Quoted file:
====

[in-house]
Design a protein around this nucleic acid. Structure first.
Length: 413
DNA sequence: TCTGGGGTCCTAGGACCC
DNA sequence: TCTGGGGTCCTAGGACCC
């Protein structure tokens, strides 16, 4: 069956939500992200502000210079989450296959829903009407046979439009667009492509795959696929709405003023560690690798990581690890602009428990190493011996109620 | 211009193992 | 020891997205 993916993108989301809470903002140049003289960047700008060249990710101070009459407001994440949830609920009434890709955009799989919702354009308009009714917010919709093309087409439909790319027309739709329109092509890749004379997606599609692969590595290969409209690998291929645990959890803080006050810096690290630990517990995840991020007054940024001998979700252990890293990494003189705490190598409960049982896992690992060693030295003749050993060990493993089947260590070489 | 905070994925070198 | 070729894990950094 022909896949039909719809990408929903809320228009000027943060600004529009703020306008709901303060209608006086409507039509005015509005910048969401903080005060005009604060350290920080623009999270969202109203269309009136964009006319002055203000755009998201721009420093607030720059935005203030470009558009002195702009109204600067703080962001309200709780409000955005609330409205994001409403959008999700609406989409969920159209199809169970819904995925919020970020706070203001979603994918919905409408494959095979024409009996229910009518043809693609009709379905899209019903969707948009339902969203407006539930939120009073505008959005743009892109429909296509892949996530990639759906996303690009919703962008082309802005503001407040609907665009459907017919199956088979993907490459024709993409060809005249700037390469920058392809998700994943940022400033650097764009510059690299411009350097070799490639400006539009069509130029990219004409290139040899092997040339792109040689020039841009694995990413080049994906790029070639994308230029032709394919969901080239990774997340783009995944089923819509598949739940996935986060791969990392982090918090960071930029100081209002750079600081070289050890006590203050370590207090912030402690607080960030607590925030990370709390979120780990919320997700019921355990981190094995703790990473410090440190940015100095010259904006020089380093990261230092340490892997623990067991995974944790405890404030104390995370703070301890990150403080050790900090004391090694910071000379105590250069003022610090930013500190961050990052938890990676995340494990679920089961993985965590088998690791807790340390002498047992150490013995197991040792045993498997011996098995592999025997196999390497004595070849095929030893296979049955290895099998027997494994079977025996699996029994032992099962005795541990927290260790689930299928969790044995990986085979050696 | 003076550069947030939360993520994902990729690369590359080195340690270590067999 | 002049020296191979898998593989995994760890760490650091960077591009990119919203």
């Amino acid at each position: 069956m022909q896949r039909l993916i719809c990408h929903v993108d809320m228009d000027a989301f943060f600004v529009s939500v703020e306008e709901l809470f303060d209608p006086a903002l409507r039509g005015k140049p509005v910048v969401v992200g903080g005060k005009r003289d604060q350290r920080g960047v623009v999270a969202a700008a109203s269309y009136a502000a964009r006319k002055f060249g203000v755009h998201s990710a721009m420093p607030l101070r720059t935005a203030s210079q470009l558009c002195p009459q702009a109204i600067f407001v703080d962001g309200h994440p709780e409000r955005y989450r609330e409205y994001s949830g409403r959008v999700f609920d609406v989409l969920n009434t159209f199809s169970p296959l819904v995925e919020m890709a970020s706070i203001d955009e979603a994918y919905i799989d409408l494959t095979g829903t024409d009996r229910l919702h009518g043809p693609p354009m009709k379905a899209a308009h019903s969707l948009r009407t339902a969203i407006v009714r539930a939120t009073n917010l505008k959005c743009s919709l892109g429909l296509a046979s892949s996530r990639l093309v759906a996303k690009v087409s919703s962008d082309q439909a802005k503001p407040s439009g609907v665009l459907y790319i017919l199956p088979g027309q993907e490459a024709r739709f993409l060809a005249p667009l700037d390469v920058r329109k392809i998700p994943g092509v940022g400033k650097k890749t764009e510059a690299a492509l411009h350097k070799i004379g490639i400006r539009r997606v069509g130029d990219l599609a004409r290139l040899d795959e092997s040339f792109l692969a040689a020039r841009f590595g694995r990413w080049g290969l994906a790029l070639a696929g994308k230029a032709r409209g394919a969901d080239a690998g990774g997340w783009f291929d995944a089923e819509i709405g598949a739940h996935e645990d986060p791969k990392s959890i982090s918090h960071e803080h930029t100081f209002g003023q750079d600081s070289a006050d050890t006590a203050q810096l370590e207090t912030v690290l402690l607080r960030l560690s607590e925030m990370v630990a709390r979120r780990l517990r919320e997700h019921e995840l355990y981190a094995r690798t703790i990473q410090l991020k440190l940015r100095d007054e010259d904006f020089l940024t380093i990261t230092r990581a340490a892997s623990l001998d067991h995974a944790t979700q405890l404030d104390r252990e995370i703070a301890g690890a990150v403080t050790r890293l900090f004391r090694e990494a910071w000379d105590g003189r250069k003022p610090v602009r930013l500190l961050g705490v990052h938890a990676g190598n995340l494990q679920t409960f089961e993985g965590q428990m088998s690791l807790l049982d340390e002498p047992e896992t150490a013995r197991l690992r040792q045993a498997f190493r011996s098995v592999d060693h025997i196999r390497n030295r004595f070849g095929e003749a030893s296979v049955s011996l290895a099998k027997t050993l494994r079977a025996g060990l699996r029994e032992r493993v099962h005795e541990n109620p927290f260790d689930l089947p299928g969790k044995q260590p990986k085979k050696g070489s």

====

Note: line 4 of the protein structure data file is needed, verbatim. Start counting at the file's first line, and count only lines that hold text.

DNA sequence: TCTGGGGTCCTAGGACCC